As the legalization of medicinal and adult-use cannabis spreads across the country, law enforcement and researchers are diligently trying to develop methods of preventing driving under the influence. An article recently published in the International Business Times put forth both challenges and potential solutions to the issue. In need of input from experienced industry insiders, they called on Poseidon Asset Management.

Driving under the influence has always been against the law, but in most states, DUI laws require prosecutors to prove impairment, either with roadside sobriety tests or evidential biological tests. As urinalysis and hair strand testing are often considered unreliable for convictions, and blood testing is far from convenient, the search for a reliable and accurate marijuana breathalyzer is on.

The problem is that marijuana is far more difficult to detect in the breath compared with alcohol. Compounding this, unlike blood alcohol levels, traces of marijuana in someone’s system don’t equate to the same levels of impairment from person to person.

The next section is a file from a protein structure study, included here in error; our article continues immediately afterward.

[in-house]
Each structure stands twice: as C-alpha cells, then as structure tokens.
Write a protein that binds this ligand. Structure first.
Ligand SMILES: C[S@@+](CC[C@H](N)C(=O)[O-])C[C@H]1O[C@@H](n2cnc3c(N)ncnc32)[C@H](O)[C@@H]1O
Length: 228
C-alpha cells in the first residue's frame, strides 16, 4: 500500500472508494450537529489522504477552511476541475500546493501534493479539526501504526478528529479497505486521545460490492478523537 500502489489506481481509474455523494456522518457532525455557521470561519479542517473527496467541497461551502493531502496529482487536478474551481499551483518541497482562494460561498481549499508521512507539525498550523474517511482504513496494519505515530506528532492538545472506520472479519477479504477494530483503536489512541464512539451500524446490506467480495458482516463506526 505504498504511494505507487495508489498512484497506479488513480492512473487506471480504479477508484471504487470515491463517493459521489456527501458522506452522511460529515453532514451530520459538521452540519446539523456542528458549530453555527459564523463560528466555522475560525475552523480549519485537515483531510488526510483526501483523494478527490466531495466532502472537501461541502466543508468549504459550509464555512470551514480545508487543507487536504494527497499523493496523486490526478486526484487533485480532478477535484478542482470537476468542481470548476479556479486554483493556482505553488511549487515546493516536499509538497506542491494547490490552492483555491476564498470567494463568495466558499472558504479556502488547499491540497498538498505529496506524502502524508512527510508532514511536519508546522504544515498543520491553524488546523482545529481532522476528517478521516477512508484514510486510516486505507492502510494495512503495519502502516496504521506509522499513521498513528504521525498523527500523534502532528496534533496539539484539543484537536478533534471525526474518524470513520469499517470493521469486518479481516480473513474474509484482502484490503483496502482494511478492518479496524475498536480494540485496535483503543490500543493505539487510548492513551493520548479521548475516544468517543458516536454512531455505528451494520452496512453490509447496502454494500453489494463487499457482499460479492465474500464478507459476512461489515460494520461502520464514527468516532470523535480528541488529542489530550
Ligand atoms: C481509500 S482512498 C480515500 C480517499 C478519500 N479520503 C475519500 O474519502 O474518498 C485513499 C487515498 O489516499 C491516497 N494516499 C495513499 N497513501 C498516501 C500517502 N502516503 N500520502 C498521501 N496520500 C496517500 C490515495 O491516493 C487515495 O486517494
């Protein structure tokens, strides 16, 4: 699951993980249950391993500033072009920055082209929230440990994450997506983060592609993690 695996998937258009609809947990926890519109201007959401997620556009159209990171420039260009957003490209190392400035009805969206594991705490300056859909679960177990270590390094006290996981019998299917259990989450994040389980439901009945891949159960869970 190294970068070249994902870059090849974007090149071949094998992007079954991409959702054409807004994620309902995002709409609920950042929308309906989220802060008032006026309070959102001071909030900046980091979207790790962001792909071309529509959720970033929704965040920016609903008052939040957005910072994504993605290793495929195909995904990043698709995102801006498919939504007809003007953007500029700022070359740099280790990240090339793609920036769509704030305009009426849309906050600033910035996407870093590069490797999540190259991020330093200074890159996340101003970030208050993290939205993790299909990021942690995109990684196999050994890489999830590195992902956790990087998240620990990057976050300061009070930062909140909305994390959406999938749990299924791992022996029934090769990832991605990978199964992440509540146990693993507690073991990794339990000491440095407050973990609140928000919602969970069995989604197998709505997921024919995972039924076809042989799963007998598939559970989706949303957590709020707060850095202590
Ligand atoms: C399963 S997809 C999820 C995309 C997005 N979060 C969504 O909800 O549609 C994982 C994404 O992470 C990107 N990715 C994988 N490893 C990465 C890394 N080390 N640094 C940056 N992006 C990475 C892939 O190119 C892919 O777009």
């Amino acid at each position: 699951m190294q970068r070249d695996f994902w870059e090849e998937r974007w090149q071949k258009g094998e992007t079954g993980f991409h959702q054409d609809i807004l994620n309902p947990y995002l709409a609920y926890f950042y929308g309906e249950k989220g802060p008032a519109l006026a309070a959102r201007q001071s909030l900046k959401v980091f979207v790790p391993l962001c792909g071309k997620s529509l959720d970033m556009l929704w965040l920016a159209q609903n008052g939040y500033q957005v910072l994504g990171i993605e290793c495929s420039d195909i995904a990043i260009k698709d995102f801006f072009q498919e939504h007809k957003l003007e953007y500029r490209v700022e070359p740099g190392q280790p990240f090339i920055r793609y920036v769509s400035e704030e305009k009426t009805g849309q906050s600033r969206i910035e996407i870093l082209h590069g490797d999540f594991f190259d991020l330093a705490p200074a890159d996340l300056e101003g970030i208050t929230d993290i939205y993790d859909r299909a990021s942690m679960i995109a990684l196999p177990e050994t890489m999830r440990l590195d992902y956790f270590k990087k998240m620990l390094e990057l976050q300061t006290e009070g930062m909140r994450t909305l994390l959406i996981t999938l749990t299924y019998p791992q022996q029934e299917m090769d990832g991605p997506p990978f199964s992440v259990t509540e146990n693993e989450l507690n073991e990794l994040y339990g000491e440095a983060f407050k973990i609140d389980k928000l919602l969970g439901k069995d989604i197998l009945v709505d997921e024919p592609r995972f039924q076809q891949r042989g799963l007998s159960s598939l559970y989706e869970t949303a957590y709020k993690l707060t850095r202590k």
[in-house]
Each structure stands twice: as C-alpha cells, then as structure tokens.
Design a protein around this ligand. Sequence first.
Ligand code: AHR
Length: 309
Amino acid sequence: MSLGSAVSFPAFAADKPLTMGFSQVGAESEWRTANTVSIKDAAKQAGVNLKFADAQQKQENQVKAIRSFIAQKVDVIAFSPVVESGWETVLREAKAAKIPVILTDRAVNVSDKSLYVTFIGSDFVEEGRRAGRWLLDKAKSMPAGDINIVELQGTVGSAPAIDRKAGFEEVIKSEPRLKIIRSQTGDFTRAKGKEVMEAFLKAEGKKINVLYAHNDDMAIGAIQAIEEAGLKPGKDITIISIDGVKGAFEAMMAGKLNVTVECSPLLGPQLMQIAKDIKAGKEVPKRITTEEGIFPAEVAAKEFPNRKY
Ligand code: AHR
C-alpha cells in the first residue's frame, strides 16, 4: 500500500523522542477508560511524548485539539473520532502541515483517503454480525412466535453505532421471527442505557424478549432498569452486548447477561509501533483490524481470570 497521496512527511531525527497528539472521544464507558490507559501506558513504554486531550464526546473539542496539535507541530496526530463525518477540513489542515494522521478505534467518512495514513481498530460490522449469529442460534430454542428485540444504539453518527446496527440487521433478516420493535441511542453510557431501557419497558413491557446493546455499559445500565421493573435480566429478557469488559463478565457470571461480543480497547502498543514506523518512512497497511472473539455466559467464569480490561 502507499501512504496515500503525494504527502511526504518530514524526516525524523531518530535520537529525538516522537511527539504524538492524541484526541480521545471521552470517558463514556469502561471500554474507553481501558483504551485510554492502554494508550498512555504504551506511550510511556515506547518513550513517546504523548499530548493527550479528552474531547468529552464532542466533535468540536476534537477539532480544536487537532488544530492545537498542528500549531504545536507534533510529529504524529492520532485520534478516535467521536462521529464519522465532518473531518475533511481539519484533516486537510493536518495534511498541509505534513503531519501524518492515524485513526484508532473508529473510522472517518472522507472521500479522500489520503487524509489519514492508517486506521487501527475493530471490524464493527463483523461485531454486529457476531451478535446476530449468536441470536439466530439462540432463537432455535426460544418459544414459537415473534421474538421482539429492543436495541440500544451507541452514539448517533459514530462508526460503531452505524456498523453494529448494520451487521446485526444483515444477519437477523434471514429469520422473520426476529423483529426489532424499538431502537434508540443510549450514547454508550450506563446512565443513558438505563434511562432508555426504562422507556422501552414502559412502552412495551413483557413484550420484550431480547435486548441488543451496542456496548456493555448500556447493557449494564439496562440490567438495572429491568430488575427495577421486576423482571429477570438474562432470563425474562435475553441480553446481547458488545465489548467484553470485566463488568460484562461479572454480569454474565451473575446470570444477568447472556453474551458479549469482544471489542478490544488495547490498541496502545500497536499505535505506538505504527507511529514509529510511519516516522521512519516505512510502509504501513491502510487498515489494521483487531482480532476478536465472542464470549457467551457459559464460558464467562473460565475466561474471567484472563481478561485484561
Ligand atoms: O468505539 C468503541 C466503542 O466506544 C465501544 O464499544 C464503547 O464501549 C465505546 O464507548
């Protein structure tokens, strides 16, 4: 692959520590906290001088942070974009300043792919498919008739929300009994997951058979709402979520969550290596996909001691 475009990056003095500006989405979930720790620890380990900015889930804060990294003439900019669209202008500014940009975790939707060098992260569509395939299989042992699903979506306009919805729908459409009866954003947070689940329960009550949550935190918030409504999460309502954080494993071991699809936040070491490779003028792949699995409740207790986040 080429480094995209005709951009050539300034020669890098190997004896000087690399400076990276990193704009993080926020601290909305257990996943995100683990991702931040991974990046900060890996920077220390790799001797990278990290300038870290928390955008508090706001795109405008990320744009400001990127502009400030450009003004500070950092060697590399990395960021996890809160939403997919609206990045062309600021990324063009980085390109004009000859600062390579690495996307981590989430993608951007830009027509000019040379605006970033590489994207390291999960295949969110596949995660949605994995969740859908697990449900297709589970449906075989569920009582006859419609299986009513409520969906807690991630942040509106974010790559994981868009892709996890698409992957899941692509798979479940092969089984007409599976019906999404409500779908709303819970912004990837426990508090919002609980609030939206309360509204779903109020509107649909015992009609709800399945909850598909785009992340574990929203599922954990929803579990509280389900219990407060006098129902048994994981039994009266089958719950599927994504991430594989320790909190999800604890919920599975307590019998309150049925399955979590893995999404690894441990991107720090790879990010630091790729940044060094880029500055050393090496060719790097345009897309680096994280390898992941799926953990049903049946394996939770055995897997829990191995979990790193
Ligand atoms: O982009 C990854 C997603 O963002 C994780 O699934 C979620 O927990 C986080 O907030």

“It took 30 years for alcohol breathalyzers to get to where they are today,” Lifeloc CEO Barry Knott says. “I don’t think it will take that long for marijuana breathalyzers, but it might take 10 years.”

As head of one of the leading alcohol breathalyzer manufacturers in the country, he should know. His company was given a grant by the State of Colorado to develop a marijuana breathalyzer.  

“There is a lack of research and understanding of the impact marijuana has on motor skills and executive functions, and I don’t think detecting levels of anything related to THC in your body is a fair way to go about it,” says Emily Paxhia, co-founder of the marijuana investment fund Poseidon Asset Management. “If there is a detector out there and there is not proof that THC levels are attached to impairment, it could end up putting more people in prison, which is not what we want.”

The article goes on to detail a new app that runs users thorough a few memory and motorskills tests, aimed at giving users a quick and dirty assessment of their impairment.

“I think it is interesting on many levels,” says Paxhia of Poseidon Asset Management, who hasn’t tried the app yet. “While I don’t really know how accurate it is and how it tests against your baseline, I do think it is interesting that they are trying to understand how you are performing and functioning.”

Read the full article at IBTimes.com.

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